Florrie Forde was born Florence Flanagan near Melbourne, Australia, and her career began in Sydney, where she became known as “The Australian Marie Lloyd.” She moved to England in 1897 at the urging of impresario Harry Rickards, and before long became one of the great Music Hall stars and early recording enthusiasts. Music Hall historian S. Theodore Felstead describes her as
a dashing...lady with a most attractive figure, excellent voice, and a positively uncanny faculty for taking hold of an audience. With a wonderful nose for a rollicking song with a good rousing chorus, she [made] her audience sing with her. Florrie could, and did, stop many a show with these choruses of hers.1
Forde especially enjoyed putting over “Irish”-flavoured songs, and among the great hits with which she is particularly associated are Down At The Old Bull And Bush, Flanagan, Has Anyone Here Seen Kelly?, Hold Your Hand Out, Naughty Boy, Oh, Oh Antonio, Pack Up Your Troubles In Your Old Kit Bag, They’re All Single By The Seaside, and Waltz Me Around Again, Willie. Another Music Hall historian, W. Macqueen-Pope, says of her and her songs:
[S]he was the female epitome of music hall gusto; she controlled an audience, she made them sing, she had memorable songs and nobody ever sang those songs as she could. They do more than linger on, they are known to almost everyone in the land irrespective of age; nearly all are immortal and can now be regarded as folk songs....Troops marching into the hell of trench warfare in World War I went with her songs on their lips.2
Her career peaked during the First World War, but she continued to perform
well into the 1930s, including in Pantomime, where she was “an impressively proportioned principal
boy.”3 She came out of retirement at the beginning of World War Two
but died suddenly in 1940.
Florrie Forde was a particular friend of Fred Godfrey’s, according to his youngest daughter Peggie (1912–2001), to whom the great star once gave a doll with real human hair. Forde sang and recorded many Godfrey songs, among which were some of her greatest successes.
Florrie Forde’s Godfrey Songs, by Year
O’Morgan (The Irish-Italian Girl) (Zonophone X-43201; Amberol 12155 [cylinder])
Now I Have To Call Him Father (Zonophone 160; Regal T160)
One Day She Helped Herself To Father (Edison 13941 [cylinder])
Pull Yourselves Together, Girls! (Zonophone X-43197; Amberol 12122 [cylinder])
The Queen Of The Factory
Mother’s Had A Row With Father (Zonophone X-43222; Amberol 12236 [cylinder])
The Queen Of The Factory
’Tis A Faded Picture (Amberol 12255 [cylinder])
You Can Never Tell (Amberol 12368 [cylinder])
Why Cant The Girls Be Soldiers?
Dance Your Troubles Away (Zonophone Twin 1165); introduced by Florrie at the Palace, Blackpool, 14 May 1913.
We’re All Getting Used To It (Zonphone Twin 1253)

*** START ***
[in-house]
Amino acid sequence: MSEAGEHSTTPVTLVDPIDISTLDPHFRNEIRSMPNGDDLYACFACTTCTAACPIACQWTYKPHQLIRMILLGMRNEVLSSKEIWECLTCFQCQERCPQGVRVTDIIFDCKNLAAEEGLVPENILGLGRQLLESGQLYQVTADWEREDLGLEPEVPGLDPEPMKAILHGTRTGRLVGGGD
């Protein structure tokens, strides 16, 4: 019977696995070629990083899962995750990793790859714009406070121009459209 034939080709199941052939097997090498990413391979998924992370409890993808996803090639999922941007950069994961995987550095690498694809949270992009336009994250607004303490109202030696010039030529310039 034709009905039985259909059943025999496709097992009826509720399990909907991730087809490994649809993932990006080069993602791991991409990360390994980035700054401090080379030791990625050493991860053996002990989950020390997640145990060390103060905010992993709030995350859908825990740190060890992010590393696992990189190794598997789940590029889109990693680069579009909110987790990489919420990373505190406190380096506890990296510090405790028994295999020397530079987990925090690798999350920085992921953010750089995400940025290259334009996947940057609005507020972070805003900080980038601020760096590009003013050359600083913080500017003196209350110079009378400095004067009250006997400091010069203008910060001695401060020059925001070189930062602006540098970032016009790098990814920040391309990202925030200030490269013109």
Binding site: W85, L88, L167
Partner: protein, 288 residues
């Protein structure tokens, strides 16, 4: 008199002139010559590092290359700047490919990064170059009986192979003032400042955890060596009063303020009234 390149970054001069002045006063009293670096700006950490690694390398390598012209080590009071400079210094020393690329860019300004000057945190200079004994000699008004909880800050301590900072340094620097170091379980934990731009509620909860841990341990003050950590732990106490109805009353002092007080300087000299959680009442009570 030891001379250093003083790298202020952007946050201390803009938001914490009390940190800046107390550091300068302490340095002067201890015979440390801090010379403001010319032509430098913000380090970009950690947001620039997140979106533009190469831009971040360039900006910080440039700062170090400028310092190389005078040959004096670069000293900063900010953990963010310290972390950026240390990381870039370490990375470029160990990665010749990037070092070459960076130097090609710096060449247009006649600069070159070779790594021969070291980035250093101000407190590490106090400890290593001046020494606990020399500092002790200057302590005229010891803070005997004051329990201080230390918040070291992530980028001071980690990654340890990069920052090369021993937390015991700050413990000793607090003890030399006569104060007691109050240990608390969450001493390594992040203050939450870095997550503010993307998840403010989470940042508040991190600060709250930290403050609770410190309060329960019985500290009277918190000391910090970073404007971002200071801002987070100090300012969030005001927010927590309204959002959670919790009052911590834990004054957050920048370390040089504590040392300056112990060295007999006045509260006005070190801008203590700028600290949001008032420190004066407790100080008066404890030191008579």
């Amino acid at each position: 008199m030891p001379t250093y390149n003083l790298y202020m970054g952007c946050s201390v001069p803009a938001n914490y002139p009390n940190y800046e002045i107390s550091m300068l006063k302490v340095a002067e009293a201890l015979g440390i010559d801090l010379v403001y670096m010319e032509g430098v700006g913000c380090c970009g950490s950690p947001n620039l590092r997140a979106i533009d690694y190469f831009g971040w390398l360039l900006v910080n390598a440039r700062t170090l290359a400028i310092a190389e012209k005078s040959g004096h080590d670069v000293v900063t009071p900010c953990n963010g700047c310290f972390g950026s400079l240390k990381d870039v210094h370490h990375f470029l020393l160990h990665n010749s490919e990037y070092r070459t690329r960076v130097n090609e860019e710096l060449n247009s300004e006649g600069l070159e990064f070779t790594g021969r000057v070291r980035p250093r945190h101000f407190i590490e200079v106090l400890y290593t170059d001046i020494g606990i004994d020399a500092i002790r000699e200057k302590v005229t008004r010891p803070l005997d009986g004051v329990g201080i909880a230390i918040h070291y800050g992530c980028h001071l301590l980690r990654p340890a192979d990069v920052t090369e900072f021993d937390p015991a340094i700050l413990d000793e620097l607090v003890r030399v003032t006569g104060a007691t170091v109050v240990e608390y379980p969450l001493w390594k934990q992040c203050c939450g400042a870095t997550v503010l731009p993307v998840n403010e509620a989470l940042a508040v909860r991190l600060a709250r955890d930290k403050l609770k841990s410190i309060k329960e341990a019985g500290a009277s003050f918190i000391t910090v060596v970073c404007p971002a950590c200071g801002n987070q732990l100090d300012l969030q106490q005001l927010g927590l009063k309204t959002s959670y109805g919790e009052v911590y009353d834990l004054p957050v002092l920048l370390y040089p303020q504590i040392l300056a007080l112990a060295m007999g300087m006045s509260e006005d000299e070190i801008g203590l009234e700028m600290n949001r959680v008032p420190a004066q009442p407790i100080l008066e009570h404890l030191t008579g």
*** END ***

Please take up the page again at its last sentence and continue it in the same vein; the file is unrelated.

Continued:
I’m Off To Kelly’s Isle [According to Brian Rust,4 Florrie recorded this song for Zonophone on 8 April 1914, but the take was rejected; she never re-did it, although she performed the song successfully on stage in Douglas, Isle of Man, that summer.]
It Takes An Irish Heart To Sing An Irish Song (Zonophone 1348)
The Same Old Tommy And The Same Old Jack! (Zonophone Twin 1433)
They All Play The Same Old Game (Zonophone Twin 1456)
We’re Irish And Proud Of It, Too (Zonophone 1416)
Ah! Ah! Ah! There You Are Again (Zonophone Twin 1505)
Are Ye A’ Richt The Noo? (Zonophone Twin 1534)
Back To Tipperary (Zonophone 1494)
The Band Was Playing An Old Scotch Tune (Zonophone Twin 1534)
Here, There And Everywhere (Zonophone Twin 1662)
Then He’d Waltz Her Around (Zonophone Twin 1915)
We’re In, Meredith, We’re In! (Zonophone 1494)
What The-How The-Why The-Who The-Where Have You Been Tonight? (Zonophone 1517)
I Love My Motherland (Zonophone 1725)
It’s Going To Be A Night, That Night (Zonophone Twin 1692)
Mister Sergeant Michael Donoghue (Zonophone 1630)
Pierrot Parade (Zonophone 1679)
Take Me Back To Dear Old Blighty (Zonophone 1725; re-recorded as part of medley, “Selection of Old-Time Hits,” Rex 8093, 1933)
We’ve Got To Put Up With It
Now (Zonophone Twin 1749)
Soldiers Like It (Zonophone 1906)
Hello There Flanagan (Zonophone Twin 1932)
Wheres The Girl You Had Last Year?
Come And Do The Kelly Two-Step
I’ll Always Save The Loving
For You (Zonophone 2175)
Its No Use Going To The Seaside (Unless Youre A Bit Of
Open Your Heart And Let The Sunshine
Marys A Beautiful Name
Rolling Home In The Morning (After
Sorry (You’ll Be Sorry, Florrie)
He Played The Wedding March
Mary (Though I Left You In Argyle)
This Time Next Year
It Takes More Than That To Steal An Irish
Mary, Look What Youve Done For Me
Oh, Maggie! What Have You Been Up To?
Our Claras Clicked Again
Maggie Jane (Youve Been At It Again) (Imperial 2455)
The Trippers Lullaby (Theres
No Place Like Home) (Imperial 2491)
Dont Tell Nell
The Sailors Love The Girls
1 S. Theodore Felstead, Stars Who Made the Halls: A Hundred
Years of English Humour, Harmony and Hilarity (London: T. Werner
Laurie, 1946), p. 103.
2 W. MacQueen-Pope, The Melodies Linger On: The Story of Music
Hall (London: W.H. Allen, 1950), p. 341.
3 Peter Gammond, The Oxford Companion to Popular Music (Oxford: Oxford University Press, 1991), p. 202.
4 Brian Rust, Music Hall on Record (Harrow, UK: Gramophone, 1979), p. 73.